Prince Law Firm
Call For A Consultation
Toll Free 866-383-1125
Local 248-419-1968

Charities as heirs

Leaving an inheritance to a favorite charity is a good intention. Like other nice intentions, however, it does not always work out. Allocating money to a charity in wills or trusts is a common estate planning mistake. Designating a charity as an heir or beneficiary in a will or revocable trust ignores tax consequences. The value of inherited holdings must be considered after taxes.

These tax consequences apply to assets passed on to family members when cash is designated for a charity. For example, the assets of an IRA are immediately taxable to the heirs regardless of whether they are distributed immediately or over time. Other assets, such as a home or after-tax savings account, are not taxable to heirs.

A better plan is to leave part of the IRA to a charity. This lowers the tax liability for family members and other heirs who can make up the loss of the IRA by receiving the tax-exempt cash that would have gone to charity. Charities are also tax exempt from any contributions made from the testator's IRA.

Tax concerns, however, do not apply to a Roth IRA or a Roth 401(k). Distributions of these assets to heirs are tax exempt. There is no reason to designate these assets to charities. An IRA beneficiary form must be filed with the brokerage firm or through an employer. It is also important to update beneficiaries after important life events like divorce, remarriage or births. A former spouse, if listed as a beneficiary, may unintentionally receive the assets of an IRA even if a person remarries.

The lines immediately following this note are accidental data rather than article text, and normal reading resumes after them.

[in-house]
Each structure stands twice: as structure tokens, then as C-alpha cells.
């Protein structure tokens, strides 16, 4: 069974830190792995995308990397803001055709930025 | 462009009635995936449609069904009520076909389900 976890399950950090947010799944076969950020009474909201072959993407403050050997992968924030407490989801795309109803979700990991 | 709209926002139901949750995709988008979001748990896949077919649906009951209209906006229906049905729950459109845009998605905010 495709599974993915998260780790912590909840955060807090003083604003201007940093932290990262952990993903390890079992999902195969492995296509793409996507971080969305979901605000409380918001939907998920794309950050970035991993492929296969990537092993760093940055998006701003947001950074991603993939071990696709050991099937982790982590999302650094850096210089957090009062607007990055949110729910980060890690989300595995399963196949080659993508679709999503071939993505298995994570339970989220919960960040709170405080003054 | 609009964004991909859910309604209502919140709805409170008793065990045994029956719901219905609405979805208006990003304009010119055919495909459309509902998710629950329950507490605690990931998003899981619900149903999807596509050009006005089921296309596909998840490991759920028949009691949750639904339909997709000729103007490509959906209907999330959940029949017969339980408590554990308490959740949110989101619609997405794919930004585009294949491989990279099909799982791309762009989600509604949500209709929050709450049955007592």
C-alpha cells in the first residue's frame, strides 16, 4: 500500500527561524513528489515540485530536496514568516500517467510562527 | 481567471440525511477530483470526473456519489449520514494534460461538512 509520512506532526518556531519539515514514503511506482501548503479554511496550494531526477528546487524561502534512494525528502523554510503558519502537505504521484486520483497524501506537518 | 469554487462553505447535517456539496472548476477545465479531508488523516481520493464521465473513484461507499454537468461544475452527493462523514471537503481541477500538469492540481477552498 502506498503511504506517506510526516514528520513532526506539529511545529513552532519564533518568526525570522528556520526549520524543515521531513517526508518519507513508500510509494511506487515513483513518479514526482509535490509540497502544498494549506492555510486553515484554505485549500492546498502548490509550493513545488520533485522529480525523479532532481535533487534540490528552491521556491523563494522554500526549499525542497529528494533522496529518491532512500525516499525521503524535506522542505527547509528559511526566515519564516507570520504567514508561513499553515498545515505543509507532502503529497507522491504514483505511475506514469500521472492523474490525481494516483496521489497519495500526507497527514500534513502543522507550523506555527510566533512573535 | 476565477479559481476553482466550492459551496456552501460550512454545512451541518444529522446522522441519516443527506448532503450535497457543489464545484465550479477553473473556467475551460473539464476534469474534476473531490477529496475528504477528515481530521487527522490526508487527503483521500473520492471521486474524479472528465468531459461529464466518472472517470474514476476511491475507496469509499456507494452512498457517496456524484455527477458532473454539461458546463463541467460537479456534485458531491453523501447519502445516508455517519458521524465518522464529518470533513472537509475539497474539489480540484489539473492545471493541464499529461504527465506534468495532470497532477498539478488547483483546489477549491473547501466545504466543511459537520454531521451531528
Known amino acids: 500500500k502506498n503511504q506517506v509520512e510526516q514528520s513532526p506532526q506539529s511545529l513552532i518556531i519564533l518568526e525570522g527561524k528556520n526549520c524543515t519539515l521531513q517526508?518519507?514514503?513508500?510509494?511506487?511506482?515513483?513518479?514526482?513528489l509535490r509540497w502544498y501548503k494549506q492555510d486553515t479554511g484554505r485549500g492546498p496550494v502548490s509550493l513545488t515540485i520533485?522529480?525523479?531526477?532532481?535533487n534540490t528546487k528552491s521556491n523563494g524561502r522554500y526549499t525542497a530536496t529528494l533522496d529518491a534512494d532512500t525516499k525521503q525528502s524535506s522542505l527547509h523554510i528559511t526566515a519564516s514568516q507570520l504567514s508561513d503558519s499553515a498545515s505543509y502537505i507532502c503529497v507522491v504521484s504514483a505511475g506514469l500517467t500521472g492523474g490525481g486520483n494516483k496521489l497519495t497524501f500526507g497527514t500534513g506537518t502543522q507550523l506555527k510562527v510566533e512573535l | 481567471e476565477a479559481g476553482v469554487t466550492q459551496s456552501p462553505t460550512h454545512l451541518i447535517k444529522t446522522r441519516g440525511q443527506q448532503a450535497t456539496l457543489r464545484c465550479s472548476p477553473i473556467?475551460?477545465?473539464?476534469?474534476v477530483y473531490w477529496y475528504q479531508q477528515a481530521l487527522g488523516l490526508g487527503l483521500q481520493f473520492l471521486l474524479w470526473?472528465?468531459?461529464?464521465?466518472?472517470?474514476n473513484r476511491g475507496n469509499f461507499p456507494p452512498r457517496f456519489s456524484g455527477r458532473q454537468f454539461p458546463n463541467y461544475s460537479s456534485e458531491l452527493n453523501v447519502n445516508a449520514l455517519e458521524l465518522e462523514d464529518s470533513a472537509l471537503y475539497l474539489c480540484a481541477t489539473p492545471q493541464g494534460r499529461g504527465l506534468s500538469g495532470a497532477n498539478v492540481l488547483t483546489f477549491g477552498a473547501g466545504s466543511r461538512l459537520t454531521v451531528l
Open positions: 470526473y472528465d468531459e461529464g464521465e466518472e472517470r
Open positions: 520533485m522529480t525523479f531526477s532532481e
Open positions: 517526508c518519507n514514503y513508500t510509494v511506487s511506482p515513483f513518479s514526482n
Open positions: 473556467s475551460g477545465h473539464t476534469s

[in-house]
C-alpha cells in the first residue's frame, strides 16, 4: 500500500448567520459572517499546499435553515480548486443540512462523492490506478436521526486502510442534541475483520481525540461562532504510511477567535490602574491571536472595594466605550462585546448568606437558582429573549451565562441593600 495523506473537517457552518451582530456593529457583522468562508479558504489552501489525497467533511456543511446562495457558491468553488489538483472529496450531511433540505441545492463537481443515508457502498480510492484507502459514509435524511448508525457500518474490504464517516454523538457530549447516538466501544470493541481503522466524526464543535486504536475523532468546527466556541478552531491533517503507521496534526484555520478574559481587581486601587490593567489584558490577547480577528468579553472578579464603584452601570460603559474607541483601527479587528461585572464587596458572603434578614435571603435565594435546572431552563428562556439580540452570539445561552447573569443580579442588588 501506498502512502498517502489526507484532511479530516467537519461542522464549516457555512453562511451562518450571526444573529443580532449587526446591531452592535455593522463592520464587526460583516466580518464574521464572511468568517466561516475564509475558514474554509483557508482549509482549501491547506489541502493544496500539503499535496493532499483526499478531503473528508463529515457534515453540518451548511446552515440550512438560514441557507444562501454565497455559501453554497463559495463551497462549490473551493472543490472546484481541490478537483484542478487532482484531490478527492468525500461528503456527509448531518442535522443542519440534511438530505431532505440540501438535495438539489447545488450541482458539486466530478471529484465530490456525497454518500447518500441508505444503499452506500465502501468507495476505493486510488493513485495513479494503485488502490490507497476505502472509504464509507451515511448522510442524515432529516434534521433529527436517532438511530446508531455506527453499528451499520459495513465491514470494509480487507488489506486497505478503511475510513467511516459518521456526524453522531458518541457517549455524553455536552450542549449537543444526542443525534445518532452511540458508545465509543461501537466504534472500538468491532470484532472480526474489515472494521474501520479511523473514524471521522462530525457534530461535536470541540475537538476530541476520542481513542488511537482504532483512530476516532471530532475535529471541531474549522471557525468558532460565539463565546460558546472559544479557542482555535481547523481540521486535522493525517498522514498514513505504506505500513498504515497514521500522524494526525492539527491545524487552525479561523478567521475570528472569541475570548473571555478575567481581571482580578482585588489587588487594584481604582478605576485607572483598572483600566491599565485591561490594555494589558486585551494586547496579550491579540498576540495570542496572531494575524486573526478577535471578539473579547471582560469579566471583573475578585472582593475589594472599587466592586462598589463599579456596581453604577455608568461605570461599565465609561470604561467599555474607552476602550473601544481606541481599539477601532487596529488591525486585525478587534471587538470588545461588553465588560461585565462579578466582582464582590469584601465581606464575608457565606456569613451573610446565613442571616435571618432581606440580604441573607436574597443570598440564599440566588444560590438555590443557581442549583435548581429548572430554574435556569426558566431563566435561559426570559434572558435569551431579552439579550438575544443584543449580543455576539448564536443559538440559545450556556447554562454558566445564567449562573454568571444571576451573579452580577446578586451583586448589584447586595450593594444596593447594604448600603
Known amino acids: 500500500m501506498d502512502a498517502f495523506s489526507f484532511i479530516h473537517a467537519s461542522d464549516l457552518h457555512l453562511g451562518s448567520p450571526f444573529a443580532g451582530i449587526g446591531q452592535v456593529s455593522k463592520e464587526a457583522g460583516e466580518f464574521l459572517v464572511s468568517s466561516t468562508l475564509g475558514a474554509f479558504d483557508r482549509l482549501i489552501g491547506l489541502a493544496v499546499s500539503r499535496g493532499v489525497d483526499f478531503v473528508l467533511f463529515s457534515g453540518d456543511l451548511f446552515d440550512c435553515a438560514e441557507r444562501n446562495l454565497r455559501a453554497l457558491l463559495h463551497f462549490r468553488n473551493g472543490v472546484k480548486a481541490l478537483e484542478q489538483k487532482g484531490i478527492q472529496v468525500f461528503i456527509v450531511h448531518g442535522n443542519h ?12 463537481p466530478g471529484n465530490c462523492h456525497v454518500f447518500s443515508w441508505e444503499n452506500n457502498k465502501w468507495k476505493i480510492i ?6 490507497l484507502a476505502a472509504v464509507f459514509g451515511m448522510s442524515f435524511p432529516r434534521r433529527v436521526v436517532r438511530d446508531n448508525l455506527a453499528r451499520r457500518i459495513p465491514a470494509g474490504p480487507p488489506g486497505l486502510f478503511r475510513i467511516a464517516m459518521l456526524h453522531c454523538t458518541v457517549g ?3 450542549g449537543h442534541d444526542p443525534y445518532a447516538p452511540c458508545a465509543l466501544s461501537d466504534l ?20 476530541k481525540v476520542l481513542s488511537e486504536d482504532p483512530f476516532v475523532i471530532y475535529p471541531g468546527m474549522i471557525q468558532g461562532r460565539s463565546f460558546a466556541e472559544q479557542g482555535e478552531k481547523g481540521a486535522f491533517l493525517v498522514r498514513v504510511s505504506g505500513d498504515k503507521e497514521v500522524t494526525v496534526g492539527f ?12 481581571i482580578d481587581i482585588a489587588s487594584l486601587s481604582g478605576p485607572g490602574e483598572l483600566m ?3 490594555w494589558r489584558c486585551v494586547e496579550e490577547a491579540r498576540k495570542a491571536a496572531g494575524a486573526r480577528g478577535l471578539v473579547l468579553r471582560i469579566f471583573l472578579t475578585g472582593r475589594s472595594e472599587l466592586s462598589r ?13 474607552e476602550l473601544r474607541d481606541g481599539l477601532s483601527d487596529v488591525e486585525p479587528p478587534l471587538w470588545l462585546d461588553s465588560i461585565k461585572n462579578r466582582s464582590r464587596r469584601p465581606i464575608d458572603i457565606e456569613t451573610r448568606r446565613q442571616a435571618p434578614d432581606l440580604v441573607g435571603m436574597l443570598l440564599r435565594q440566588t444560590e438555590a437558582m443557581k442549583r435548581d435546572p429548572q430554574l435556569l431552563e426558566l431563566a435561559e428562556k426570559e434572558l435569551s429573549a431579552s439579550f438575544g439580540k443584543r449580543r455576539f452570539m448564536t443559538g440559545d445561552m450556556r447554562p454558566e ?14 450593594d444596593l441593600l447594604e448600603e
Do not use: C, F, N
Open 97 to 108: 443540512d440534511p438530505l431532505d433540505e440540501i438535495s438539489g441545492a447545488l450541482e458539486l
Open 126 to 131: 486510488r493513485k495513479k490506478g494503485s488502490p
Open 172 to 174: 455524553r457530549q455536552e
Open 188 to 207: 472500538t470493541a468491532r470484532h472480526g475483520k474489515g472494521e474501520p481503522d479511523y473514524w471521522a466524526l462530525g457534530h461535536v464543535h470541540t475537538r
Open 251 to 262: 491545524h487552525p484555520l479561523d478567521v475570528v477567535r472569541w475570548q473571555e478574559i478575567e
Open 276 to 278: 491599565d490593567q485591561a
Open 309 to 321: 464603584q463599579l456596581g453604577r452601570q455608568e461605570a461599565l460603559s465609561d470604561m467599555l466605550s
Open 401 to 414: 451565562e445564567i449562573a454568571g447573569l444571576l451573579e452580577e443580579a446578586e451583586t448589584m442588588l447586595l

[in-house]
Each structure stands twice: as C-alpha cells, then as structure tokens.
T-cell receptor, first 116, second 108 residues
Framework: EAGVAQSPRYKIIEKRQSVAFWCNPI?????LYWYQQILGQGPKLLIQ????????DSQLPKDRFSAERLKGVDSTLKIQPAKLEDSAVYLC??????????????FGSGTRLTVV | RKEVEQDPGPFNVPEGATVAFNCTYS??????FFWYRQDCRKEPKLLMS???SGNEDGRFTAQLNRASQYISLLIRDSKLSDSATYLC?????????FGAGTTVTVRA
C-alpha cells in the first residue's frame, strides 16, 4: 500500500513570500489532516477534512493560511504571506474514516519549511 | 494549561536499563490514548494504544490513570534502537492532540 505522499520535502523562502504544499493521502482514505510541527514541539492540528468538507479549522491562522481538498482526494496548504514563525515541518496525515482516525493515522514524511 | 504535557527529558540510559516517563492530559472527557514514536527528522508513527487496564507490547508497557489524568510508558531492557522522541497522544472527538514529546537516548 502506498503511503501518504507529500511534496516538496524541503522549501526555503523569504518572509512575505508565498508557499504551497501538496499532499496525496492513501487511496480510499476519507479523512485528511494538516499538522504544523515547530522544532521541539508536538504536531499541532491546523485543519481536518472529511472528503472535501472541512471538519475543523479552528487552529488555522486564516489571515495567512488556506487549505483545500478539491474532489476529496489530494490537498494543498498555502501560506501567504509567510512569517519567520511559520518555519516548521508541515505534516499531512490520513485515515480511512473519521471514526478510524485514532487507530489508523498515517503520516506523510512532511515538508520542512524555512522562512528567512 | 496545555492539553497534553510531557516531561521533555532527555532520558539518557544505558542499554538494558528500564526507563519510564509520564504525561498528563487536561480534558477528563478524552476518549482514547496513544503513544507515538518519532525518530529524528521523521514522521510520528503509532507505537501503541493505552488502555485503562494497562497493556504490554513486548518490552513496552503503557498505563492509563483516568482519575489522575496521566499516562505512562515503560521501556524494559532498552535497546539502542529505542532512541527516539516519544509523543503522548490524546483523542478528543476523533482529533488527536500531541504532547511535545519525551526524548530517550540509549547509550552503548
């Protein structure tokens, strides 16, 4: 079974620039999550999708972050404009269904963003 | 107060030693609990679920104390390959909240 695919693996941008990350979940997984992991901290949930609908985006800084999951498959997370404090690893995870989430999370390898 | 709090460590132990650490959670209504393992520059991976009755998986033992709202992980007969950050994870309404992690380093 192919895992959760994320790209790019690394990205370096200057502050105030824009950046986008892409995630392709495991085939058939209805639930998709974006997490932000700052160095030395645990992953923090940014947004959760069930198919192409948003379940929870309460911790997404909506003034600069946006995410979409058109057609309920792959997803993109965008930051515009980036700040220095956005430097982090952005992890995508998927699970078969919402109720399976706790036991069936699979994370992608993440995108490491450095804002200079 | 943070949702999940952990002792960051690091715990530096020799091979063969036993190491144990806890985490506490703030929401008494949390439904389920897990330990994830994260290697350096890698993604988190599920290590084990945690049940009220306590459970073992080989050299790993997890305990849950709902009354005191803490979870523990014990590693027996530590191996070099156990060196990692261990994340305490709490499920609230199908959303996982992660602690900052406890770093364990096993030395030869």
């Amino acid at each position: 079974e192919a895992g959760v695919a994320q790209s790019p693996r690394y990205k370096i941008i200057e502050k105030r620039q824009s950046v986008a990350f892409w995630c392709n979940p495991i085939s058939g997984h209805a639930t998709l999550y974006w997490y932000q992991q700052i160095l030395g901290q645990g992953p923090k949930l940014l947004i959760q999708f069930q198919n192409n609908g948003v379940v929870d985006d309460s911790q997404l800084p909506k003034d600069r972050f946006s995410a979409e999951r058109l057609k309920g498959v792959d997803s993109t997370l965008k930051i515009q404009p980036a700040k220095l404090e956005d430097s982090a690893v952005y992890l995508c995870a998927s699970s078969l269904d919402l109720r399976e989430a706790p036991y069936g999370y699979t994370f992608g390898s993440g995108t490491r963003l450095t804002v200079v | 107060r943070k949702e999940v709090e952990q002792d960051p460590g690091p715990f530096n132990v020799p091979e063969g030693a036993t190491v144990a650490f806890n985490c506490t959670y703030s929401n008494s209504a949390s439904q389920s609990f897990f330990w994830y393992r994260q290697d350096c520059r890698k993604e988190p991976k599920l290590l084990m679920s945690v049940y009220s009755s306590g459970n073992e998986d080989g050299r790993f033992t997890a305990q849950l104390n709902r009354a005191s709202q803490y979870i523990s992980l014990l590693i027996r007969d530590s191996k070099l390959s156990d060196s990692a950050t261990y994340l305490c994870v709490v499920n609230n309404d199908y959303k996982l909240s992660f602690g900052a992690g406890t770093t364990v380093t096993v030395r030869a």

An experienced estate attorney can draft a valid will or trust that meets a person's intentions and gets more assets to intended family members and other heirs.

No Comments

Leave a comment
Comment Information

How Can We Help You?

Bold labels are required.

Contact Information
disclaimer.

The use of the Internet or this form for communication with the firm or any individual member of the firm does not establish an attorney-client relationship. Confidential or time-sensitive information should not be sent through this form.

close

Privacy Policy

Our Office

Prince Law Firm
800 W. Long Lake Road, Suite 200
Bloomfield Hills, MI 48302

Fax: 248-865-0640
Bloomfield Hills Law Office Map

Connect with us

  • Facebook
  • Twitter
  • Linkedin
  • Google+
VISA | Master Card | American Express | Discover Network